Early April 1975


By Marsha Forchuk Skrypuch

Tuyet could not remember a time before the orphanage.

She thought that all children lived together in a building with sleeping rooms, a play area, school, and chapel. She remembered sleeping together with the older girls on a wood-slat floor, without blankets or pillows. She would wake up each morning with marks from the wood slats on her cheek.

Tuyet would clean her teeth using her finger and salt. Day and night she wore a pajama-like cotton top and drawstring pants. The nuns would give each child a newly laundered set of clothing every three days or so.

In the morning, she would line up with the other girls. One of the nuns would rip bread from a giant loaf and give a piece to each child. Her meals consisted of fish, rice, plain water. There weren’t enough chopsticks to go around, so they used their hands.

The orphanage included boys and younger children—and lots of babies. At the age of eight, Tuyet was one of the oldest. She was expected to help out with the younger ones without being asked. It was her duty, but she didn’t mind.

Tuyet would see the older boys in class, when they played together in the indoor courtyard, and at chapel three times a day. The priest who said Mass was the only man she saw in the building, except for the soldiers.

The children stayed inside at all times; it was not safe outside. Tuyet could not remember ever seeing the sky above her head.

When she heard the whop-whop-whop of helicopters, Tuyet would hide. She couldn’t remember exactly what it was that she was afraid of, but when she put her fingers to her scalp, she could feel dents. She had a large burn scar on her back and another long scar under her chin. She couldn’t remember when the injuries happened, but it must have been before the orphanage.

Tuyet remembered the big door opening and American soldiers coming in with stuffed toys, spinning tops, and hard candy. The other children would crowd around the men, competing for attention and gifts. But Tuyet would hide. She wasn’t afraid of the Americans, but she had polio. Her left ankle was so weak that she walked on her heel. In order to move forward, she had to push her left knee with her left hand. She had calluses on her knee, because she pushed it so often. She was afraid that if the soldiers saw her foot and weak leg, they would take her to the hospital. And then the doctors would cut her foot open to try to fix it.

Sometimes she played with the other children—simple games with elastics and chopsticks. The children also made a long skipping rope by joining together many elastics. With her weak foot, there was no way Tuyet would ever be able to join in such a game. She could only sit and watch as the others skipped rope.

Some of the children were mean to Tuyet. One boy would crush lit cigarettes on her leg. But there was another boy who was friendly. They would play together as often as they could.

Before school started, Tuyet and the girls would line up. The boys would line up, too. There were even some children from outside the orphanage who came to their school.

Tuyet would sit at her desk, fascinated by the inkwell and fountain pen. She would draw patterns with the ink on paper. Like the other children, Tuyet also had chalk and a slate. She could draw or write something with the chalk, then make it disappear by rubbing it with her hand or a piece of cloth. She vividly remembered using the Vietnamese alphabet, although she couldn’t remember what else she learned. When she did well in her lessons, the teacher would paste a small gold star onto her work.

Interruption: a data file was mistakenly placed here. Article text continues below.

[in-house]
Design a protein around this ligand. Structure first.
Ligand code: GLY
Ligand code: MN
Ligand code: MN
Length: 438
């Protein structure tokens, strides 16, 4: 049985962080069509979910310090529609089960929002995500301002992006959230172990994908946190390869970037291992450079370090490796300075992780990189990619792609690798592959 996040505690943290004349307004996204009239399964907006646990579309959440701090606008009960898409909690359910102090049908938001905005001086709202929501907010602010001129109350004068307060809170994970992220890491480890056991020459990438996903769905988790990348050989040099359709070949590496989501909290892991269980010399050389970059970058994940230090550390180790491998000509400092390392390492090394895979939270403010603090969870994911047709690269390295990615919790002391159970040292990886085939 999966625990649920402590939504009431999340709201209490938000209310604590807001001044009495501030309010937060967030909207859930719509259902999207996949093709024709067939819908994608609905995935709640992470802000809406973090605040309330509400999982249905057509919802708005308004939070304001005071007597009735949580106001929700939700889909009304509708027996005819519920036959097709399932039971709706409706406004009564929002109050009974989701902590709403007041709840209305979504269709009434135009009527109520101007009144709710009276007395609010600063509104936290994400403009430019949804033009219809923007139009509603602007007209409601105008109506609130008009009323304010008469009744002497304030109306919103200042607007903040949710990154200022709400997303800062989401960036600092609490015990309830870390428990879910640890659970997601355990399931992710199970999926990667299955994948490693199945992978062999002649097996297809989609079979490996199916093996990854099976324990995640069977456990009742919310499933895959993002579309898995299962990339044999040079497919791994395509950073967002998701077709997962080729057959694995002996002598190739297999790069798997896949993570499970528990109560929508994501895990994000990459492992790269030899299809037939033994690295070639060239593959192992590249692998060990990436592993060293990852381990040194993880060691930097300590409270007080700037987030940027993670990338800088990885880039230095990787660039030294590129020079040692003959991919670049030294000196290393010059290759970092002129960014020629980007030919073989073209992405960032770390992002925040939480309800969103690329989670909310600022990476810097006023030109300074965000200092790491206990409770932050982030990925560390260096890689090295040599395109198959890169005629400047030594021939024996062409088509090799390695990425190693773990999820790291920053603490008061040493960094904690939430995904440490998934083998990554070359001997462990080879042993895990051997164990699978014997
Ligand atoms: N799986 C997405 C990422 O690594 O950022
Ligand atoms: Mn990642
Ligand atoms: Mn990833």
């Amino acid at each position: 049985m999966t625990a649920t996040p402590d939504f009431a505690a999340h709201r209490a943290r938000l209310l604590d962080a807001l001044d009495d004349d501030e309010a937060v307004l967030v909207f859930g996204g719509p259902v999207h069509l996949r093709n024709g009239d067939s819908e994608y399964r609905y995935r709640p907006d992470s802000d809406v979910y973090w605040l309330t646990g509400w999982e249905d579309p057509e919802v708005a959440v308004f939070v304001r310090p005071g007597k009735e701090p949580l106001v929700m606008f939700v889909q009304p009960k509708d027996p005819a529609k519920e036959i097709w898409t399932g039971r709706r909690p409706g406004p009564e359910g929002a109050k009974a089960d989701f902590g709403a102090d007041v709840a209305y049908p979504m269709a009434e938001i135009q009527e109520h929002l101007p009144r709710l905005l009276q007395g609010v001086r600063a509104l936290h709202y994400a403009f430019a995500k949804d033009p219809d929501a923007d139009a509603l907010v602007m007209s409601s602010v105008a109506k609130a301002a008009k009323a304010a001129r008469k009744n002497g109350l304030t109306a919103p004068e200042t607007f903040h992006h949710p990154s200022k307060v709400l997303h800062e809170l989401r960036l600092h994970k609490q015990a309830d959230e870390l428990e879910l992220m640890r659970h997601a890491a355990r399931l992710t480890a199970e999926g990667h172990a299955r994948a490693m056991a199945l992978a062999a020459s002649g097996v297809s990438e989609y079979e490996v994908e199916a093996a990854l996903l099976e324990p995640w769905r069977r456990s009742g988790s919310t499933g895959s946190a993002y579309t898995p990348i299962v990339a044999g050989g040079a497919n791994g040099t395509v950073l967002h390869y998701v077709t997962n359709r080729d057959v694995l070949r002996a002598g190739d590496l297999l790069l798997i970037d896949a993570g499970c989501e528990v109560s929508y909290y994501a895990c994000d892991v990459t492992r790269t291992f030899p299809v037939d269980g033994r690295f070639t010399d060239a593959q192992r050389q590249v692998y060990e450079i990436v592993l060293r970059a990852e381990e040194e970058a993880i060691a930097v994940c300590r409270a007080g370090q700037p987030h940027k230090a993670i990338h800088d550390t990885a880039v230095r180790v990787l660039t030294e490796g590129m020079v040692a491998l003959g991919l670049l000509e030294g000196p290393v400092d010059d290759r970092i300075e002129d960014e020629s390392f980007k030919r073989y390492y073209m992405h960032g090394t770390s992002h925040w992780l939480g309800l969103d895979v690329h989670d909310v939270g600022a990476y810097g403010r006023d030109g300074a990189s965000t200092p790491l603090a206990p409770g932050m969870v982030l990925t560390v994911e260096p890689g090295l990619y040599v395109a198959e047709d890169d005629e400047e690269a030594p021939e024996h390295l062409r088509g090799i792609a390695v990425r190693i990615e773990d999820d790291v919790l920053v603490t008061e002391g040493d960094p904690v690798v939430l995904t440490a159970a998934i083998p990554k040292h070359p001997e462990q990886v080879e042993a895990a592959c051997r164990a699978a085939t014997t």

In another room, Tuyet and the other children would gather around the nun who sat in a chair. They would sit on the floor and memorize Bible verses.

The nuns were not always kind. Once, during naptime, Tuyet’s eyes were still open as she played with a lock of her hair. A nun came by and told Tuyet to close her eyes and sleep. Then the nun hit her on the fingers, hard, with a bamboo stick.

The nuns would play the piano and they would sing. Tuyet loved that. She remembered one particular night they called “Christmas Eve.” She didn’t understand what Christmas was, but the nuns gave each child a bowl of special soup instead of their usual meal. The children were allowed to stay up late. The nuns set up a screen and showed them an American movie. It was in English and the children didn’t understand the words. But in one scene, a white man and woman kissed each other, and Tuyet and the others giggled in embarrassment.

Another year on that special night, each child was given an orange.


Today, there isn’t much more that Tuyet can remember about the orphanage before her life changed forever. And although she cannot remember where she came from, Tuyet does recall two visitors from outside.

“A woman would come to see me. She would bring a young boy. I would sit on her lap for a while and then they would leave. Maybe that was my mother. Maybe the boy was my brother.

“After a while, they stopped coming.”

From Last Airlift: A Vietnamese Orphan’s Rescue from War a non-fiction story by Marsha Forchuk Skrypuch, published by Pajama Press in 2011. Used with permission of the publisher.

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Marsha Forchuk Skrypuch

Marsha Forchuk Skrypuch’s novel Making Bombs for Hitler is the winner of the 2014 Manitoba Young Readers' Choice Award. Marsha’s nineteenth book came out in August. Dance of the Banished (Pajama Press, 2014) is a World War One love story spanning two continents.